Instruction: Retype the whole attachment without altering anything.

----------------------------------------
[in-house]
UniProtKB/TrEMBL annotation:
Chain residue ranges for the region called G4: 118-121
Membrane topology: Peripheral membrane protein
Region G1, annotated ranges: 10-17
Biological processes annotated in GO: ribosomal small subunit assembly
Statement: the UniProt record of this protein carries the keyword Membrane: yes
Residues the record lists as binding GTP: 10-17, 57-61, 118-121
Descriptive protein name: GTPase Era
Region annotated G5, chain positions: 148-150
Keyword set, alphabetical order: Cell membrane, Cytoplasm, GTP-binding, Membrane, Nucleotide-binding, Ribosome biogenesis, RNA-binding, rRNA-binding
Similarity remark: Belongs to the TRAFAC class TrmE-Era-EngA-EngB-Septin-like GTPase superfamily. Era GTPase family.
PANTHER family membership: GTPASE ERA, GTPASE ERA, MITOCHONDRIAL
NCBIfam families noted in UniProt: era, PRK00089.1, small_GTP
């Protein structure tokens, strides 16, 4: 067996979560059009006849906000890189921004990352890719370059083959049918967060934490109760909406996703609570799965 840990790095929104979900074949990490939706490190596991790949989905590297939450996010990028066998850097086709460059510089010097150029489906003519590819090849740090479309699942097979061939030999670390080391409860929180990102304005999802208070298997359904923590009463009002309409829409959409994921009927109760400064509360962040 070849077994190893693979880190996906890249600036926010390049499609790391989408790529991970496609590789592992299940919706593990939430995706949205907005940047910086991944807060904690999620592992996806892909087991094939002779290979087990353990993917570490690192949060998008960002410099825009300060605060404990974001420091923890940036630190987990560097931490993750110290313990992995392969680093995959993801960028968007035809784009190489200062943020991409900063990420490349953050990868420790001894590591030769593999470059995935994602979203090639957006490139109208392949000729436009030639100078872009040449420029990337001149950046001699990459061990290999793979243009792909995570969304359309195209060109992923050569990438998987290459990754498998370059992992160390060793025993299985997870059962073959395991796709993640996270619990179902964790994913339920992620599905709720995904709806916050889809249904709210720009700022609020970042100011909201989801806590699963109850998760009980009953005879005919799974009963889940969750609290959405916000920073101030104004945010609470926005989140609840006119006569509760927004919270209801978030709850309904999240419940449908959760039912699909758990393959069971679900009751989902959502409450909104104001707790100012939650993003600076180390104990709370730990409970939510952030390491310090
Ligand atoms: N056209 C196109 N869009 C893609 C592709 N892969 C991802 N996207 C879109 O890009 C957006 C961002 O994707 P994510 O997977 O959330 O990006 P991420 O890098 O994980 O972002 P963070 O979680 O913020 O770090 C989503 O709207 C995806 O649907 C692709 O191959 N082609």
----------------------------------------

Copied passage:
[in-house]
UniProtKB/TrEMBL annotation:
Chain residue ranges for the region called G4: 118-121
Membrane topology: Peripheral membrane protein
Region G1, annotated ranges: 10-17
Biological processes annotated in GO: ribosomal small subunit assembly
Statement: the UniProt record of this protein carries the keyword Membrane: yes
Residues the record lists as binding GTP: 10-17, 57-61, 118-121
Descriptive protein name: GTPase Era
Region annotated G5, chain positions: 148-150
Keyword set, alphabetical order: Cell membrane, Cytoplasm, GTP-binding, Membrane, Nucleotide-binding, Ribosome biogenesis, RNA-binding, rRNA-binding
Similarity remark: Belongs to the TRAFAC class TrmE-Era-EngA-EngB-Septin-like GTPase superfamily. Era GTPase family.
PANTHER family membership: GTPASE ERA, GTPASE ERA, MITOCHONDRIAL
NCBIfam families noted in UniProt: era, PRK00089.1, small_GTP
């Protein structure tokens, strides 16, 4: 067996979560059009006849906000890189921004990352890719370059083959049918967060934490109760909406996703609570799965 840990790095929104979900074949990490939706490190596991790949989905590297939450996010990028066998850097086709460059510089010097150029489906003519590819090849740090479309699942097979061939030999670390080391409860929180990102304005999802208070298997359904923590009463009002309409829409959409994921009927109760400064509360962040 070849077994190893693979880190996906890249600036926010390049499609790391989408790529991970496609590789592992299940919706593990939430995706949205907005940047910086991944807060904690999620592992996806892909087991094939002779290979087990353990993917570490690192949060998008960002410099825009300060605060404990974001420091923890940036630190987990560097931490993750110290313990992995392969680093995959993801960028968007035809784009190489200062943020991409900063990420490349953050990868420790001894590591030769593999470059995935994602979203090639957006490139109208392949000729436009030639100078872009040449420029990337001149950046001699990459061990290999793979243009792909995570969304359309195209060109992923050569990438998987290459990754498998370059992992160390060793025993299985997870059962073959395991796709993640996270619990179902964790994913339920992620599905709720995904709806916050889809249904709210720009700022609020970042100011909201989801806590699963109850998760009980009953005879005919799974009963889940969750609290959405916000920073101030104004945010609470926005989140609840006119006569509760927004919270209801978030709850309904999240419940449908959760039912699909758990393959069971679900009751989902959502409450909104104001707790100012939650993003600076180390104990709370730990409970939510952030390491310090
Ligand atoms: N056209 C196109 N869009 C893609 C592709 N892969 C991802 N996207 C879109 O890009 C957006 C961002 O994707 P994510 O997977 O959330 O990006 P991420 O890098 O994980 O972002 P963070 O979680 O913020 O770090 C989503 O709207 C995806 O649907 C692709 O191959 N082609």